In Schoon v. Troy Corp., (Del. Ch., March 28, 2008), read opinion here, the Delaware Chancery Court granted advancement rights to one of the plaintiffs, but denied it to the other, based primarily on the wording of the relevant bylaws as construed through the applicable statute and case law. Moreover, although "fees on fees" are allowable to reimburse the party who sought advancement for the fees incurred to obtain that relief, in this case only one of the parties seeking advancement was awarded it, so the court discounted the fees granted to that effect.

Some or all of the parties in this case have been the subject of a least four (4)  prior written decisions by either the Delaware Supreme Court or the Delaware Chancery Court and the blog summaries for those cases are available at  this link.

The money quote from the instant case follows:

Troy argues that under Fasciana v. Electronic Data
Systems FN87,
indemnification in the circumstance must
be proportionate to the plaintiffs’ success,
notwithstanding the terms in the bylaws. According
to the plaintiffs, the language in the bylaws providing
for indemnification “if successful in whole or in part”
distinguishes Fasciana and requires full
indemnification regardless of their success.

FN87. 829 A.2d 178.

In Fasciana, the controlling provision generally
established indemnification “to the fullest extent,
permitted by Section 145 of the [Delaware General
Corporation Law]….”FN88   Significantly, based on this
language the plaintiff in Fasciana made a
substantially similar argument as Schoon and Bohnen
do here, that they are entitled to all fees incurred in
enforcing the advancement provision, regardless of
success. The Fasciana court responded:
FN88.  Id. at 182.

Fasciana’s rule would encourage attorneys for
parties seeking advancement to raise any
conceivable argument that can pass Rule 11 muster
knowing that any level of ultimate success would
warrant a full fees on fees award. Limiting fees on
fees awards by imposing a proportionality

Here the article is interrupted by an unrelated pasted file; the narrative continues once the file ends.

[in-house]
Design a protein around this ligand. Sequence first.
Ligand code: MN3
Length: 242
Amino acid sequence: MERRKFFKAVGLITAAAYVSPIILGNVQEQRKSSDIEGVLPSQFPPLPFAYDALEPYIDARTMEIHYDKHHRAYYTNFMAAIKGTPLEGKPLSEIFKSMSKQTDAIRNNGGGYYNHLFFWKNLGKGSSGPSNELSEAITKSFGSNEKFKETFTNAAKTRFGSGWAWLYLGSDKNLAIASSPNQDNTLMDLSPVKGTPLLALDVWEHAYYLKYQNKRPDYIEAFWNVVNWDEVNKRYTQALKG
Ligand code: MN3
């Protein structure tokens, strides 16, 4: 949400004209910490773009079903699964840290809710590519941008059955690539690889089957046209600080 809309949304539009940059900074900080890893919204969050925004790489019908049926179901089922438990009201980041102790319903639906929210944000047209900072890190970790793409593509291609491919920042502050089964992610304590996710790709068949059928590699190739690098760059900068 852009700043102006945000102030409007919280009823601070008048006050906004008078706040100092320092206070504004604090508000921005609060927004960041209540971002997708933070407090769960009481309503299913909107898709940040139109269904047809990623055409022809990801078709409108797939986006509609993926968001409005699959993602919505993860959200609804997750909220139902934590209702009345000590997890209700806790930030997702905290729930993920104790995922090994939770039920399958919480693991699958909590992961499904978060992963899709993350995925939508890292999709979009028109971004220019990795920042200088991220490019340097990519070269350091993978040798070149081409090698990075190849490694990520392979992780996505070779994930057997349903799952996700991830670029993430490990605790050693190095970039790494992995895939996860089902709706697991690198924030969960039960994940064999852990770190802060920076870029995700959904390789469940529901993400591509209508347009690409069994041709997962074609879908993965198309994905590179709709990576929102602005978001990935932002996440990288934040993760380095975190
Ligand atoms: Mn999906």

requirement encourages parties seeking
advancement or indemnification to raise only
substantial claims and encourages corporations to
compromise worthy claims … and resist less
meritorious claims….FN89
FN89. Id. at 184.

This makes clear that the plaintiffs here are restricted
to an award that is proportionate to their success in
this action.
This award must adhere to the recognized principle in
Fasciana, that courts “should only award that amount
of fees that is reasonable in relation to the results
obtained.”FN90  Therefore, this court will discount the
plaintiffs’ costs in prosecuting this action by half to
account for the result concerning Bohnen.

UPDATE: Here on Kevin La Croix’s D & O Diary is a characteristically thorough analysis of another aspect of the case that I did not focus on but that is also important. Namely, the Chancery Court confirmed that companies may terminate advancement rights, even after an officer or director leaves the company (assuming no contractual right is violated), as long as the advancement right was not triggered prior to the termination of that benefit by the company. Note to officers and directors: Make sure your advancement rights are protected by a contract that does not allow the company to terminate them unilaterally.

SUPPLEMENT:  On Nov. 13, 2008, the Delaware Supreme Court issued an Order, here, denying a request by the National Association of Corporate Directors, as an amicus curiae, to submit arguments on the appeal–after the case was settled and the Court had already dismissed the case due to the settlement. They argued that due to the public policy issues involved, the court should still allow the case to be argued anyway, but there was no procedural basis for the court to retain any type of jurisdiction after the case had already been dismissed and settled.